2. Once it boils, cover and turn down to simmer for 15 minutes or more, until the sweet potatoes and burdock are soft through. Then add arugula and kale to the top. Cover and allow them to steam soften for a couple minutes. Stir them in. 
  3. Remove from the heat and allow to cool for a few minutes before pureeing in batches until smooth.  Return to the pot and add the apple cider vinegar and taste to adjust seasoning. When it’s missing something, I find it often needs just a tiny bit more acid to balance – try adding a few more drops of vinegar.
  4. Serve topped with fresh herbs and cooked lentils. I chose lemon balm since that’s what is growing abundantly in my garden right now. Mint or parsley would be wonderful as well. For an active individual, pairing this with a slice or two of a nice whole grain sourdough or similar bread may round out the meal even more

A Good Pot of Lentils, serves 3-4
Portions to Serve 1: 1/2-3/4 cup lentils

1 cups green or brown lentils
1/2 tsp. salt
3 cups water

Optional Aromatics: Choose 1-2
1 tsp. coriander seeds; ½ carrot; fennel fronds; 1 sprig thyme; 2 sprigs flat-leaf parsley; ½ celery stick; 1 small bay leaf

  1. Place 3 cups water, lentils, and salt in a small saucepan and bring to a boil. Add 1 to 2 of the aromatics and return to a boil.
  2. Reduce heat and simmer until the lentils are tender and no longer chalky at their core, about 30-45 minutes. Let them cool slightly in their cooking liquid.  

Much of my nutrition practice is focused on individuals and athletes with digestive health issues such as leaky gut, food allergies and intolerances, chronic GI distress, malabsorption of foods and nutrients, and inflammation. If you’re tired, stressed, and not really sure what to eat to help or hurt anymore, I invite you to reach out to me for more personalized support.

The Six Tastes for Balanced Meals and Digestion

For a long time, it’s felt appropriate to share a food as medicine approach to eating in this space, but I’m not so sure I’ve adequately explained how to do this other than to share meals that are largely based on whole, minimally processed from-nature ingredients.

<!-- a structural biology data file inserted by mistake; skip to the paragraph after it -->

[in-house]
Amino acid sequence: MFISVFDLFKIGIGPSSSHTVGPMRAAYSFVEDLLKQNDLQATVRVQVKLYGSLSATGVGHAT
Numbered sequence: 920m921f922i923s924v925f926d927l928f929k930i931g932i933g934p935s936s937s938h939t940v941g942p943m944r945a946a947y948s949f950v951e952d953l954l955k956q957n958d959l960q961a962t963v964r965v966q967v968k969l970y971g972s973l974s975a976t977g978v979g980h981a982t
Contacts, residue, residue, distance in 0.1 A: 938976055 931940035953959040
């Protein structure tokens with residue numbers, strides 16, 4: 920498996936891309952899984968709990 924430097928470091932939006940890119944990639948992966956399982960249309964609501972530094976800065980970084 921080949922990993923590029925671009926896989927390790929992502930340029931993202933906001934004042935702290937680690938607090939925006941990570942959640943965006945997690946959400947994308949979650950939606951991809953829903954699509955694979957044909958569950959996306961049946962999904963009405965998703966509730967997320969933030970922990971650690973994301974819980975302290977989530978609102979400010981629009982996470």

I know you want to eat food and meals that taste good, and are also good for you, but it’s important to recognize that everything we eat also has an effect.

That effect can be incredibly subtle or super obvious and I don’t mean just the effects of the caloric, macro or even micronutrient content of your meal, but because each subtle flavor within a food and meal will affect your body and your mind. 

Particularly when you eat in the same pattern of meals and flavors day in and day out. 

The Six Flavors 

There are six primary flavors within foods and ideally, all six flavors are incorporated into main meals, and at least four flavors are enjoyed at breakfast when we tend to eat a smaller amount. The six flavors are: sweet, salty, sour, bitter, pungent, and astringent

Now, what foods have which flavor? And what are their effects? 

Sweet 

The SWEET taste comes from foods that contain natural sugars: sweet root vegetables like carrots, squash, beets, all fresh and dried fruit, whole grains, natural sweeteners like honey, maple syrup, and molasses, and fresh dairy products such as milk, butter, and ghee. 

The sweet flavor builds tissues within the body, calms the nerves and nervous system, and relieves hunger. It’s the flavor you likely reach for when you’re eating to soothe an emotion or for comfort. This is natural since the flavor of our first food of milk is sweet. That food-memory association between sweet food, love, and being comforted is particularly strong. 

If you are dry, thin, nervous, anxious, scattered, or have nerve disorders, more naturally sweet foods are indicated and may be missing in adequate amounts in your meals – these are the whole grains, root vegetables, sweet fruits, and natural sugars. 

Salt 

The SALTY taste comes from foods that are naturally salty including seaweeds like kombu, arame, wakame, and nori. Some water-based vegetables are also naturally a little salty including celery, tomatoes, zucchini, and cucumbers. And of course, natural salt such as sea salt or pink mineral salt provides this flavor. Adequately cooking our foods in salt, and adding in a teaspoon per serving of dried seaweed when cooking beans or other stewy meals is an excellent way to build the salty flavor into a meal that will help us to retain the water we consume and have tissues that are more deeply hydrated, as well as provide a natural source of iodine – a critical and often missing nutrient for optimal thyroid health. 

If you are dry, drink plenty of water but are still dehydrated, experience constipation or find that the meals you cook taste “flat,” incorporating the salty flavor during the cooking process, rather than at the end, can be especially helpful. 


Sour

The SOUR flavor comes from foods such as lemons, lime, vinegars, unripe fruit, and fermented foods such as yogurt, pickles, kimchi, sauerkraut, sourdough bread, soy sauce and tamari. Many individuals either avoid sour foods or over-do them in meals. Both not enough and too much can cause problems. Adding in just a little squeeze of fresh lime juice or a little spoonful of apple cider or white wine vinegar at the end of cooking meals is frequently just enough of the sour flavor to lubricate tissues and stimulate the digestion process.